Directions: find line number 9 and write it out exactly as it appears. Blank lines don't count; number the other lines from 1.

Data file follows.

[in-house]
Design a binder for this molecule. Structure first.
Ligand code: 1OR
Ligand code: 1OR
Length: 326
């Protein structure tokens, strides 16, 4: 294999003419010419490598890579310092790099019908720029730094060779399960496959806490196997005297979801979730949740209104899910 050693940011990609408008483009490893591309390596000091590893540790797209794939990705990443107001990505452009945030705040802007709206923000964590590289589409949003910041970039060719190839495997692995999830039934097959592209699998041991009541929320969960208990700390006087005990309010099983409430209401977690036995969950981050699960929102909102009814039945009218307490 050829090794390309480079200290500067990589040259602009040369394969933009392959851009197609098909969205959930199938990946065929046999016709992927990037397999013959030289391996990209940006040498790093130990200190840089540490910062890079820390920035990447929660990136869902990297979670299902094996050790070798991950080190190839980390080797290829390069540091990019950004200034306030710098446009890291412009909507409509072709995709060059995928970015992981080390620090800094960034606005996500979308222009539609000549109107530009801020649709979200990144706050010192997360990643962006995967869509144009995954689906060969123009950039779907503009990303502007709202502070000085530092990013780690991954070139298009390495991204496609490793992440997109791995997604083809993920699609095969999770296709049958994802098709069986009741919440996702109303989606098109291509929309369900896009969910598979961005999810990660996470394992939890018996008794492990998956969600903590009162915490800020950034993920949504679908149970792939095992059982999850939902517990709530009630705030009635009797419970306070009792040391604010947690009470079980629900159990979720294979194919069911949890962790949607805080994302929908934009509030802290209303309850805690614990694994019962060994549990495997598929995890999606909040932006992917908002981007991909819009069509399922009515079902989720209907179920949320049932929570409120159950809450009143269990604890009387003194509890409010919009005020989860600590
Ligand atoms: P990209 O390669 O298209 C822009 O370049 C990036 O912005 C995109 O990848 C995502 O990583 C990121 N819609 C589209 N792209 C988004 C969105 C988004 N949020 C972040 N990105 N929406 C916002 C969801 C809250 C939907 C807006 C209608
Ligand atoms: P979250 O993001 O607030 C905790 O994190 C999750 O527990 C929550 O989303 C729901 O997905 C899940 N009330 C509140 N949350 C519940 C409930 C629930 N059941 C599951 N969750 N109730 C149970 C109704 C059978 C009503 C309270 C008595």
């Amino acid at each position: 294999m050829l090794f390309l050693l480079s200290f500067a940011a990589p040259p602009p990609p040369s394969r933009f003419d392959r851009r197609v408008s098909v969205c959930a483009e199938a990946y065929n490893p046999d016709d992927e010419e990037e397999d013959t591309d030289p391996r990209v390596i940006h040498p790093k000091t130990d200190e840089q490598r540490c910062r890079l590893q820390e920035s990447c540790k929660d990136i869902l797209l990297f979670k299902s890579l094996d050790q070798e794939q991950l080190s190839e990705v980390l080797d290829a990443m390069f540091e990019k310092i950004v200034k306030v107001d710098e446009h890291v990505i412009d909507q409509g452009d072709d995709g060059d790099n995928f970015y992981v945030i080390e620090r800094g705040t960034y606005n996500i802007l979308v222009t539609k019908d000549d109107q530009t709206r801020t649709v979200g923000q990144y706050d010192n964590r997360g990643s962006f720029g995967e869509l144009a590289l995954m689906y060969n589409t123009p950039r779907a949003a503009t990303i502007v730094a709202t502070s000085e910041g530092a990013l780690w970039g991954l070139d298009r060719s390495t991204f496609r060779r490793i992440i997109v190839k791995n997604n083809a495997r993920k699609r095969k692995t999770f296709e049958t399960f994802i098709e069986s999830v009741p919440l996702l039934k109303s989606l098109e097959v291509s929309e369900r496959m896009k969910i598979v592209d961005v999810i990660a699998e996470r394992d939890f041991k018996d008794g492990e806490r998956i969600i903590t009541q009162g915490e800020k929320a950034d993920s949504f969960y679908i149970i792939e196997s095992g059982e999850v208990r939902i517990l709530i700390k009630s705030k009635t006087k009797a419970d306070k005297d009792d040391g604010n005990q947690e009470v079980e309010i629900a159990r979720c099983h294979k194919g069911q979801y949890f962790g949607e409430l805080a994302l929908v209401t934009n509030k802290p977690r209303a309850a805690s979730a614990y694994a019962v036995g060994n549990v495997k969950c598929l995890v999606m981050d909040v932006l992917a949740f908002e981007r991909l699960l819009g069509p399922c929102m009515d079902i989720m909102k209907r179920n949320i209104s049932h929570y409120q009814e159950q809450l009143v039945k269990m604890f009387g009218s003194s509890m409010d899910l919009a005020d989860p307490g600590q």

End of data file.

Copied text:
């Amino acid at each position: 294999m050829l090794f390309l050693l480079s200290f500067a940011a990589p040259p602009p990609p040369s394969r933009f003419d392959r851009r197609v408008s098909v969205c959930a483009e199938a990946y065929n490893p046999d016709d992927e010419e990037e397999d013959t591309d030289p391996r990209v390596i940006h040498p790093k000091t130990d200190e840089q490598r540490c910062r890079l590893q820390e920035s990447c540790k929660d990136i869902l797209l990297f979670k299902s890579l094996d050790q070798e794939q991950l080190s190839e990705v980390l080797d290829a990443m390069f540091e990019k310092i950004v200034k306030v107001d710098e446009h890291v990505i412009d909507q409509g452009d072709d995709g060059d790099n995928f970015y992981v945030i080390e620090r800094g705040t960034y606005n996500i802007l979308v222009t539609k019908d000549d109107q530009t709206r801020t649709v979200g923000q990144y706050d010192n964590r997360g990643s962006f720029g995967e869509l144009a590289l995954m689906y060969n589409t123009p950039r779907a949003a503009t990303i502007v730094a709202t502070s000085e910041g530092a990013l780690w970039g991954l070139d298009r060719s390495t991204f496609r060779r490793i992440i997109v190839k791995n997604n083809a495997r993920k699609r095969k692995t999770f296709e049958t399960f994802i098709e069986s999830v009741p919440l996702l039934k109303s989606l098109e097959v291509s929309e369900r496959m896009k969910i598979v592209d961005v999810i990660a699998e996470r394992d939890f041991k018996d008794g492990e806490r998956i969600i903590t009541q009162g915490e800020k929320a950034d993920s949504f969960y679908i149970i792939e196997s095992g059982e999850v208990r939902i517990l709530i700390k009630s705030k009635t006087k009797a419970d306070k005297d009792d040391g604010n005990q947690e009470v079980e309010i629900a159990r979720c099983h294979k194919g069911q979801y949890f962790g949607e409430l805080a994302l929908v209401t934009n509030k802290p977690r209303a309850a805690s979730a614990y694994a019962v036995g060994n549990v495997k969950c598929l995890v999606m981050d909040v932006l992917a949740f908002e981007r991909l699960l819009g069509p399922c929102m009515d079902i989720m909102k209907r179920n949320i209104s049932h929570y409120q009814e159950q809450l009143v039945k269990m604890f009387g009218s003194s509890m409010d899910l919009a005020d989860p307490g600590q």